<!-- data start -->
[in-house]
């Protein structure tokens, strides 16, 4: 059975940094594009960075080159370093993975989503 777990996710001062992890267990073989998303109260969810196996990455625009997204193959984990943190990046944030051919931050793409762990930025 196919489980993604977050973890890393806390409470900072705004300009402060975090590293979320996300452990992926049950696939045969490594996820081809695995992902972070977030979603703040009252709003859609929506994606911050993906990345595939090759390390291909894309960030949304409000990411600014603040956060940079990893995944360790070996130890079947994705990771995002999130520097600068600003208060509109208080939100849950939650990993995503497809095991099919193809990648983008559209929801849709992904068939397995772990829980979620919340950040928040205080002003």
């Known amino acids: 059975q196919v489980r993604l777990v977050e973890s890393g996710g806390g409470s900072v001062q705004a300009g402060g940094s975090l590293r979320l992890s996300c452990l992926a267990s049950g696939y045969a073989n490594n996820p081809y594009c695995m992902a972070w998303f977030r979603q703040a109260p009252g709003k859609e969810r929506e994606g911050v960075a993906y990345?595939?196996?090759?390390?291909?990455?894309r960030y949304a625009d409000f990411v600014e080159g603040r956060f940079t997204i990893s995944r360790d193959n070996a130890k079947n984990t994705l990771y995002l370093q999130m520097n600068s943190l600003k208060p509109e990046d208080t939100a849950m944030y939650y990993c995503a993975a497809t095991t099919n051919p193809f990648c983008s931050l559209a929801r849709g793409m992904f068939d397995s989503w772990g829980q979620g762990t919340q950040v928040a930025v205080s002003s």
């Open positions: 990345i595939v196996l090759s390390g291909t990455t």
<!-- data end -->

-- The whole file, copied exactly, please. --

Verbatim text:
[in-house]
């Protein structure tokens, strides 16, 4: 059975940094594009960075080159370093993975989503 777990996710001062992890267990073989998303109260969810196996990455625009997204193959984990943190990046944030051919931050793409762990930025 196919489980993604977050973890890393806390409470900072705004300009402060975090590293979320996300452990992926049950696939045969490594996820081809695995992902972070977030979603703040009252709003859609929506994606911050993906990345595939090759390390291909894309960030949304409000990411600014603040956060940079990893995944360790070996130890079947994705990771995002999130520097600068600003208060509109208080939100849950939650990993995503497809095991099919193809990648983008559209929801849709992904068939397995772990829980979620919340950040928040205080002003």
């Known amino acids: 059975q196919v489980r993604l777990v977050e973890s890393g996710g806390g409470s900072v001062q705004a300009g402060g940094s975090l590293r979320l992890s996300c452990l992926a267990s049950g696939y045969a073989n490594n996820p081809y594009c695995m992902a972070w998303f977030r979603q703040a109260p009252g709003k859609e969810r929506e994606g911050v960075a993906y990345?595939?196996?090759?390390?291909?990455?894309r960030y949304a625009d409000f990411v600014e080159g603040r956060f940079t997204i990893s995944r360790d193959n070996a130890k079947n984990t994705l990771y995002l370093q999130m520097n600068s943190l600003k208060p509109e990046d208080t939100a849950m944030y939650y990993c995503a993975a497809t095991t099919n051919p193809f990648c983008s931050l559209a929801r849709g793409m992904f068939d397995s989503w772990g829980q979620g762990t919340q950040v928040a930025v205080s002003s």
């Open positions: 990345i595939v196996l090759s390390g291909t990455t």